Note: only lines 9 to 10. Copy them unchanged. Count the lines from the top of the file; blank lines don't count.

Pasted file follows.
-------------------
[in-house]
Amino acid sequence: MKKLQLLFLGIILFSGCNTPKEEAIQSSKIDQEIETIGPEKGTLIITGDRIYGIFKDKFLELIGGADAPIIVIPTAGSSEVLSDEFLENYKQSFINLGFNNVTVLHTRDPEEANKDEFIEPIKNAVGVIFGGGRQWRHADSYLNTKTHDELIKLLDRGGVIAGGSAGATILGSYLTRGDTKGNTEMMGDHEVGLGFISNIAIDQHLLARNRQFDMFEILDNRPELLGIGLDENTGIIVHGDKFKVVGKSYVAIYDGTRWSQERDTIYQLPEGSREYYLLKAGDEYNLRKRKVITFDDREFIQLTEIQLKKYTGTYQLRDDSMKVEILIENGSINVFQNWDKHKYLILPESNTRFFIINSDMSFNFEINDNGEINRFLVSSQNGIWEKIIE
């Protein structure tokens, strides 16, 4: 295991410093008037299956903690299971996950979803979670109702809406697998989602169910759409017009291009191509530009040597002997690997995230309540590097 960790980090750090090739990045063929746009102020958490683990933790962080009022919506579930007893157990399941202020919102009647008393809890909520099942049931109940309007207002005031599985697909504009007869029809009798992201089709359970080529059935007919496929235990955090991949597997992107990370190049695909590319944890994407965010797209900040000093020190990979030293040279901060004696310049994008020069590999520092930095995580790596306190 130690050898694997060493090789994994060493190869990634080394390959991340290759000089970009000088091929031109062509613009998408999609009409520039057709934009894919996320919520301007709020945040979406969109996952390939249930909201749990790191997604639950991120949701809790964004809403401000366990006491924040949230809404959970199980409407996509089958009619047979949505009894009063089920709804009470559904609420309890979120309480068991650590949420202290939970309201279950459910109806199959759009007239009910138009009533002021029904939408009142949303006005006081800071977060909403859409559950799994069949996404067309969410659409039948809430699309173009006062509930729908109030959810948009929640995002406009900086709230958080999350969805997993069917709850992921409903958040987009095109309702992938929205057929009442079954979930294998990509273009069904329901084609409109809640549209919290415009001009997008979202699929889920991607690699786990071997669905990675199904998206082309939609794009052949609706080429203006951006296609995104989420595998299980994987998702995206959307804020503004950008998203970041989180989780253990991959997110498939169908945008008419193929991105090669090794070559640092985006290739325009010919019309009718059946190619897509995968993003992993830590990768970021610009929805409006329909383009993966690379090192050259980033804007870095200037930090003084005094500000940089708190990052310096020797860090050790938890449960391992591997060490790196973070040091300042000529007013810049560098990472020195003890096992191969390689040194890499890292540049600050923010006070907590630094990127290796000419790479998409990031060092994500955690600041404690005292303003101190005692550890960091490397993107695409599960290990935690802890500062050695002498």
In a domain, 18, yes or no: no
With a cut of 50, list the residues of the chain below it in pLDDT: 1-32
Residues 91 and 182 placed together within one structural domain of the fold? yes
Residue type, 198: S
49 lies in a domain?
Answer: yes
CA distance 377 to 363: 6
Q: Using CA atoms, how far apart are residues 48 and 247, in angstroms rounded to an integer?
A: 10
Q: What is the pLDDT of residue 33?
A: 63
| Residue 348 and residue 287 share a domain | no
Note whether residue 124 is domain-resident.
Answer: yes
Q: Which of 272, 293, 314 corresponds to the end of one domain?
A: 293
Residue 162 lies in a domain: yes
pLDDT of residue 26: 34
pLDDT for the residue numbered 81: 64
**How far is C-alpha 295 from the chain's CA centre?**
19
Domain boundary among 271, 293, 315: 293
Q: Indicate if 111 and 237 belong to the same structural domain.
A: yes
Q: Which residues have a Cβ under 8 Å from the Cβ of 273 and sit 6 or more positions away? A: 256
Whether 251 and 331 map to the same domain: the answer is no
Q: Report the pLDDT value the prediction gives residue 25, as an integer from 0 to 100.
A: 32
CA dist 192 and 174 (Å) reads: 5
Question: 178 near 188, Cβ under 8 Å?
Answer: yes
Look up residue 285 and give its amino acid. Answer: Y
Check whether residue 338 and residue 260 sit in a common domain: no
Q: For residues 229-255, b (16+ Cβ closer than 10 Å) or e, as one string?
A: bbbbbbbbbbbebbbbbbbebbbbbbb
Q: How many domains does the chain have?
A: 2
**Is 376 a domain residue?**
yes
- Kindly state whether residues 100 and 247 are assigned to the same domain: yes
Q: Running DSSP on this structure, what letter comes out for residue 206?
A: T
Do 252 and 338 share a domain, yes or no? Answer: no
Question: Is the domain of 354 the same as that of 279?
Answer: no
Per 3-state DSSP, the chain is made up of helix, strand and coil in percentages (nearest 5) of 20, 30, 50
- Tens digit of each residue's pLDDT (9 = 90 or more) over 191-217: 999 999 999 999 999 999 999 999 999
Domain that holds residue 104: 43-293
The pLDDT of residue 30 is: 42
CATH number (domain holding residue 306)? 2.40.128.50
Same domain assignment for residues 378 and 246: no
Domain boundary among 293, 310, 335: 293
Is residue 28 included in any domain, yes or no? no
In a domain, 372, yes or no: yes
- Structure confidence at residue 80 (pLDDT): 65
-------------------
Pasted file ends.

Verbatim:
Answer: yes
CA distance 377 to 363: 6